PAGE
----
Perechin sat on a thumbtack, and from that moment his life changed drastically. Ordinarily a thoughtful, quiet person, Perechin transformed into a typical scoundrel. He grew out his mustache and from that point onwards trimmed them with exceptional clumsiness, so that one of his mustaches was always longer than the other. And, generally speaking, his mustache grew a bit crooked. It became impossible to even look at Perechin. Adding to that, he got in the habit of winking and jerking his jowl in the most loathsome manner. For a while, Perechin limited himself to petty baseness: he gossiped, he ratted, and he cheated tram conductors by paying them in the smallest bronze coins and always underpaying by two or even three kopecks.

 

by Даниил Иванович Хармс (Daniil Ivanovich Kharms)

a.k.a. Даниил Иванович Ювачёв (Daniil Ivanovich Yuvachov)

(Wednesday, 14 October 1940)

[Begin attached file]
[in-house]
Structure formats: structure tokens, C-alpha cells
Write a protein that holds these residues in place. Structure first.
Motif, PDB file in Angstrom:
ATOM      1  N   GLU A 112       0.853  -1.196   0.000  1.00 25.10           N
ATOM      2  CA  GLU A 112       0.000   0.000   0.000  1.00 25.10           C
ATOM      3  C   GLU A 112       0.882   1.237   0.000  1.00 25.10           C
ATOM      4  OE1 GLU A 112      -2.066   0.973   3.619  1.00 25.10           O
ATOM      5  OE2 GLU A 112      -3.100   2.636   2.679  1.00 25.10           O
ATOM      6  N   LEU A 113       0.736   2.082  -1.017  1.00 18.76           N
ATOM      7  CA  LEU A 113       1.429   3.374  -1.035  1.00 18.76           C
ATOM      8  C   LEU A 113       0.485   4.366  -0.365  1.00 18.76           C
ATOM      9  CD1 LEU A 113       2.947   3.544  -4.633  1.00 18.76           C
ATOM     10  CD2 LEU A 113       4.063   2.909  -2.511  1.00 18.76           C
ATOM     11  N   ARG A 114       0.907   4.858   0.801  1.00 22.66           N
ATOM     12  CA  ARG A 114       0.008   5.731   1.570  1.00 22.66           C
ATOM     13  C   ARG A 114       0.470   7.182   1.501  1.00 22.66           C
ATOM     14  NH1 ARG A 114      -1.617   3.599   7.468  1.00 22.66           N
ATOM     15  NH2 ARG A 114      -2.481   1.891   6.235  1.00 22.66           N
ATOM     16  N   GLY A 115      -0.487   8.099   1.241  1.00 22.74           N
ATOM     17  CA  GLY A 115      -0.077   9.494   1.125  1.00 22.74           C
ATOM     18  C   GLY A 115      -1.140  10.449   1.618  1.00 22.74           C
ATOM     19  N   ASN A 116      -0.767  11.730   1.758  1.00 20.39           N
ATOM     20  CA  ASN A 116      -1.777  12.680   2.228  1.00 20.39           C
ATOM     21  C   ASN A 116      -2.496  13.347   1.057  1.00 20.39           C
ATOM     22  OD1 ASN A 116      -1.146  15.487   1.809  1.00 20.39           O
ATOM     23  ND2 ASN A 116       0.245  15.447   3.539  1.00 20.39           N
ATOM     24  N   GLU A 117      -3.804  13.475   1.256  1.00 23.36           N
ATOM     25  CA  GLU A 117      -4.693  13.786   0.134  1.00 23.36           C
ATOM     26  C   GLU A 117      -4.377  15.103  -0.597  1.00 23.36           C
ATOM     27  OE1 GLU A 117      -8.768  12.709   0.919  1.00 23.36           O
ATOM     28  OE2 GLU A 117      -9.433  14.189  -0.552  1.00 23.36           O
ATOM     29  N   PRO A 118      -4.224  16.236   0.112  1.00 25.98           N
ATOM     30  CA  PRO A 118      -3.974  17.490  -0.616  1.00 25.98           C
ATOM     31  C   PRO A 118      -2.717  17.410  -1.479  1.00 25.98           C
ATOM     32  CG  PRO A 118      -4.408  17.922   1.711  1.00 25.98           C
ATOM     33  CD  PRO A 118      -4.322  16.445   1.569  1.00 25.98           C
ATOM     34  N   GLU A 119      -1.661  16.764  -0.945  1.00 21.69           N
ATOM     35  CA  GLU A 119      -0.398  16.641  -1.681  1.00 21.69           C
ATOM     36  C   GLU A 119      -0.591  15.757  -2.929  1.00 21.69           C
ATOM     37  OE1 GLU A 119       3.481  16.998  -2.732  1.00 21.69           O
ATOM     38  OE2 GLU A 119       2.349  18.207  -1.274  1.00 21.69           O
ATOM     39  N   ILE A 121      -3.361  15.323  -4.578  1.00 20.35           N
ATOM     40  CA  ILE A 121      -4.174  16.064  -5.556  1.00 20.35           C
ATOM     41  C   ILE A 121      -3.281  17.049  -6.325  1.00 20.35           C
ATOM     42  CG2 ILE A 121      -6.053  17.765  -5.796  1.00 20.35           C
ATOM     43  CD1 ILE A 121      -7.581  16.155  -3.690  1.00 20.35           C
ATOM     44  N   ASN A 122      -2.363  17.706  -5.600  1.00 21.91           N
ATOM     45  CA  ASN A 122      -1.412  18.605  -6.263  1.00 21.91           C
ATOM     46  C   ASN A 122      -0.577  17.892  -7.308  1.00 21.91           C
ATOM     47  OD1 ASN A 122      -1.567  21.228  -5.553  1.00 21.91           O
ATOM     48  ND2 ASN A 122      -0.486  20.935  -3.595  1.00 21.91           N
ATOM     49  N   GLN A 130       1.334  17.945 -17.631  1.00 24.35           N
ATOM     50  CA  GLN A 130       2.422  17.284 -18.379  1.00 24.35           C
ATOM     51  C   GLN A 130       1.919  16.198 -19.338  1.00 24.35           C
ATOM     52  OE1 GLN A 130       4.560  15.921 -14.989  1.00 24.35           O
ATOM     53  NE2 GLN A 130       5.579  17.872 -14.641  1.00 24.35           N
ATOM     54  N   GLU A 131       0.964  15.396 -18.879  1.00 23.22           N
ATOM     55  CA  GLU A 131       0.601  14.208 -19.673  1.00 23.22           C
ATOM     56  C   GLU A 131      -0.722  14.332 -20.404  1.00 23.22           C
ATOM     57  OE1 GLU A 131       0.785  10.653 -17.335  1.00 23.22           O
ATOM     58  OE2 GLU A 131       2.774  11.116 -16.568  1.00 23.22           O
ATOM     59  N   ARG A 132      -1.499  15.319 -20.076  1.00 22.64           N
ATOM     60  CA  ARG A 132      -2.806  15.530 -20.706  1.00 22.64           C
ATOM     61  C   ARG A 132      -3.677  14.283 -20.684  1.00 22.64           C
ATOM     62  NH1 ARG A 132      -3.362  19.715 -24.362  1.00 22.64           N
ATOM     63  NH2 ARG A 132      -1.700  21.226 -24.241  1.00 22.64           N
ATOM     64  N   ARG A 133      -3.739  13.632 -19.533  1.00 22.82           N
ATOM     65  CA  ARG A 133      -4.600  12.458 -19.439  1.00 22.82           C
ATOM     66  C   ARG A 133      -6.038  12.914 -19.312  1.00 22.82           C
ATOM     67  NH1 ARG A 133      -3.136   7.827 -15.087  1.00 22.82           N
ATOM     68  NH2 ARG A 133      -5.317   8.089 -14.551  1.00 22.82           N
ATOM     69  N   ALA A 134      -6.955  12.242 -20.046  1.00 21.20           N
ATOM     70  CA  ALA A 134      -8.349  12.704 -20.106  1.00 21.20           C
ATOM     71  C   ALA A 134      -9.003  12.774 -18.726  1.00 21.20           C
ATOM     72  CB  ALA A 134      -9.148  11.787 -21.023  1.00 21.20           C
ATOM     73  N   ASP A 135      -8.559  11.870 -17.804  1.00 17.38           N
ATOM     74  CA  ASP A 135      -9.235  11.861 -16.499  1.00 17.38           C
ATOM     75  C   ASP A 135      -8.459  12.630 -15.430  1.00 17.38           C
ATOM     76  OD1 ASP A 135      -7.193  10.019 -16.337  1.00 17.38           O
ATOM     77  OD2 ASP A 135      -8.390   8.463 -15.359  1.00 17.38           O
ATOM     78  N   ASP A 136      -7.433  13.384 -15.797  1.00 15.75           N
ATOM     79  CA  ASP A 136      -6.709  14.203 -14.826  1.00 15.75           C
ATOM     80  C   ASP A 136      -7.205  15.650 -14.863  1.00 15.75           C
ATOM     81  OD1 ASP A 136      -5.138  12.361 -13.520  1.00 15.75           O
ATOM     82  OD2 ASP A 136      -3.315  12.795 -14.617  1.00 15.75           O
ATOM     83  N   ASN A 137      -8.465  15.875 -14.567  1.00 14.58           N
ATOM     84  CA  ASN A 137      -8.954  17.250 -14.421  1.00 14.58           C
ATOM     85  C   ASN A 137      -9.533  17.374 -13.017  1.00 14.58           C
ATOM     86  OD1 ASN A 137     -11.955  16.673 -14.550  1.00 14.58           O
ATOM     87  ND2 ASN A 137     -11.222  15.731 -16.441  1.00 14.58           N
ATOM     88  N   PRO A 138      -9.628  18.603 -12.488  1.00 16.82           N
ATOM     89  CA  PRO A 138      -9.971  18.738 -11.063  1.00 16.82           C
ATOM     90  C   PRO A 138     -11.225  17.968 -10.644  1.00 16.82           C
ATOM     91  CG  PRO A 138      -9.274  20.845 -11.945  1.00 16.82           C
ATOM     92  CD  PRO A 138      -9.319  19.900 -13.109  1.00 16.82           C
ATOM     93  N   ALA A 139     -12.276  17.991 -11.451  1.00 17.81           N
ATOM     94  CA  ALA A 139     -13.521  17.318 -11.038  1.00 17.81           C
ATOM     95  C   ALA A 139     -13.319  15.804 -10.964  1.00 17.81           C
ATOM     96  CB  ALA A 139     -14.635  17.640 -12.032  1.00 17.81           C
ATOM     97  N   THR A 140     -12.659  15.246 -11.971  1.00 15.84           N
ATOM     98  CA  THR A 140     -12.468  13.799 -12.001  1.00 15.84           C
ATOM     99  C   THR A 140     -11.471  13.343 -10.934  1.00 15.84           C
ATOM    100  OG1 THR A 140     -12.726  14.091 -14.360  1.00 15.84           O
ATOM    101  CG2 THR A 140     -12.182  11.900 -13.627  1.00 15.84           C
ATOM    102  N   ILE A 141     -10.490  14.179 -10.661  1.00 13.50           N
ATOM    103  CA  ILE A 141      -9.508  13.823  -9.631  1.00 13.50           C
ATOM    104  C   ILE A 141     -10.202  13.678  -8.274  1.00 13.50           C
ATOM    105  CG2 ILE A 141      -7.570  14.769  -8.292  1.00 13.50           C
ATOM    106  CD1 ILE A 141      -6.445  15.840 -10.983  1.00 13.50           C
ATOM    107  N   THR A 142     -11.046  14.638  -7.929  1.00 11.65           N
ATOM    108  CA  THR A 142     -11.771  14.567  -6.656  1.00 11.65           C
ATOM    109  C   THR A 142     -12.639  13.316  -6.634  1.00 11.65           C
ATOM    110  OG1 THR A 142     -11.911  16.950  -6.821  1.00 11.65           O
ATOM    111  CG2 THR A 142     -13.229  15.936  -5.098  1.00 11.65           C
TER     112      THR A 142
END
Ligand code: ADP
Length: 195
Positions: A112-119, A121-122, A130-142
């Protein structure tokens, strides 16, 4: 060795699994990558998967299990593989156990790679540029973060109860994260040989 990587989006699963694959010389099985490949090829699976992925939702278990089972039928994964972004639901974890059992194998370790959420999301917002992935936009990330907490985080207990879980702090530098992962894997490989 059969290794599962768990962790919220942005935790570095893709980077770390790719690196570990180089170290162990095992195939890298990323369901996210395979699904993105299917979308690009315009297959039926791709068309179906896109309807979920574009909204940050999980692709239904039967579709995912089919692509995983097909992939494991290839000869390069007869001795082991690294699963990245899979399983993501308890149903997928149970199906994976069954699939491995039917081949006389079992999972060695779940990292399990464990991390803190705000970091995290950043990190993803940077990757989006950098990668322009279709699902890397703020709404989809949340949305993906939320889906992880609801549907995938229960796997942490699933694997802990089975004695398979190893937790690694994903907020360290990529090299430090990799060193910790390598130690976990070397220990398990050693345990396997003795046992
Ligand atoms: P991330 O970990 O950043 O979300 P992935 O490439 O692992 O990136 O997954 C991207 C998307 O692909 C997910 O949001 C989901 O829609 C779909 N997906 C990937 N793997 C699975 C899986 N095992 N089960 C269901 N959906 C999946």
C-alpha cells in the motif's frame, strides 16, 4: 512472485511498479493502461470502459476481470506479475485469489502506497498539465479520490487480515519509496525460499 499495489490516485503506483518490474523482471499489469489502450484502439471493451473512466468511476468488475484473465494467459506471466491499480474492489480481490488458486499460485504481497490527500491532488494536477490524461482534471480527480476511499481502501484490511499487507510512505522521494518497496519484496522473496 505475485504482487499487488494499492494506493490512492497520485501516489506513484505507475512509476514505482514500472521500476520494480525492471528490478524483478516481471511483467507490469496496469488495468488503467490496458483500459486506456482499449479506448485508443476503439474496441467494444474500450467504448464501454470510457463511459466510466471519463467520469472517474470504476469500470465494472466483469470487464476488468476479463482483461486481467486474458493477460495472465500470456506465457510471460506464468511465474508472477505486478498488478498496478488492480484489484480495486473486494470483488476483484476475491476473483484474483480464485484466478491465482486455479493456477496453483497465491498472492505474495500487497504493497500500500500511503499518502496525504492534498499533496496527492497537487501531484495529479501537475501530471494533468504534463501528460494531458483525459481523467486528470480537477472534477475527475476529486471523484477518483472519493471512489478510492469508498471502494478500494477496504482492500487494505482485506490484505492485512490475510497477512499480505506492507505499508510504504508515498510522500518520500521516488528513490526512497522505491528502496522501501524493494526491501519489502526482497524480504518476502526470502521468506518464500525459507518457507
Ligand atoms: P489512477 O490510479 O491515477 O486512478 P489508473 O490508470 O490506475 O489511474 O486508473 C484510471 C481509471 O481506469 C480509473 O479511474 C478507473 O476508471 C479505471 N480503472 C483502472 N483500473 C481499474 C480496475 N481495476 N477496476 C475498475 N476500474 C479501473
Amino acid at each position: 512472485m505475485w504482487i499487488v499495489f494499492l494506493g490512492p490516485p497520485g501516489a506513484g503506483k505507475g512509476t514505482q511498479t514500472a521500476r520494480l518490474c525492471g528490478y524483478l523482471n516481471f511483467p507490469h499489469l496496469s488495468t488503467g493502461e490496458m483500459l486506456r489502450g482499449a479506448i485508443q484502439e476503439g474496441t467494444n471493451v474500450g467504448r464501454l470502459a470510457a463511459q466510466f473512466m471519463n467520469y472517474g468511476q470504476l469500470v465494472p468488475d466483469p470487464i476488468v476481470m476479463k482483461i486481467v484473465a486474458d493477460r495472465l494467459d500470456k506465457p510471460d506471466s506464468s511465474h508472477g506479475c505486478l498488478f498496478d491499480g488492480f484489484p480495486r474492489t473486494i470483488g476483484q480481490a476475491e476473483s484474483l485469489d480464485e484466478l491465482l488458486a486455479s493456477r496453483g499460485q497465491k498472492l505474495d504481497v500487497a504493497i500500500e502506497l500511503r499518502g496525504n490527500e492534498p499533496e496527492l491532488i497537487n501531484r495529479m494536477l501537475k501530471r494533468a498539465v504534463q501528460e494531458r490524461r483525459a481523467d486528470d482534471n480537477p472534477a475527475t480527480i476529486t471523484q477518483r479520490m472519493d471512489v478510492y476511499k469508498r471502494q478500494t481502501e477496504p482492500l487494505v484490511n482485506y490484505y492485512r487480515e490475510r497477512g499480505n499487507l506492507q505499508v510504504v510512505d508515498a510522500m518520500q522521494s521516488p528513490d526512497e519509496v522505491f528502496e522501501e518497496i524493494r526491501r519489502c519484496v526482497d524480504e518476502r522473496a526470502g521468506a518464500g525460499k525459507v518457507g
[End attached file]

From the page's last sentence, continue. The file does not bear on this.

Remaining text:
translated by Matvei Yankelevich

‘Oh Don’t Look Back’ but Olga Berggolts

Oh don’t look back

at that ice

at that dark;

there, waiting greedily

for you is a look

that will demand an answer.

 

I looked back today. And suddenly,

I saw him – alive and with living eyes,

looking at me out of the ice,

my one and only, for all time.

 

I hadn’t known it was like that;

I’d thought I lived and breathed another.

But Oh, my joy, my dream, my death,

I only live beneath your gaze.

 

I have been faithful to him alone;

in that alone I have done right:

to all the living, I’m his wife;

to you and me – your widow.

 

by Ольга Фёдоровна Берггольц (Olga Fyodorovna Berggolts)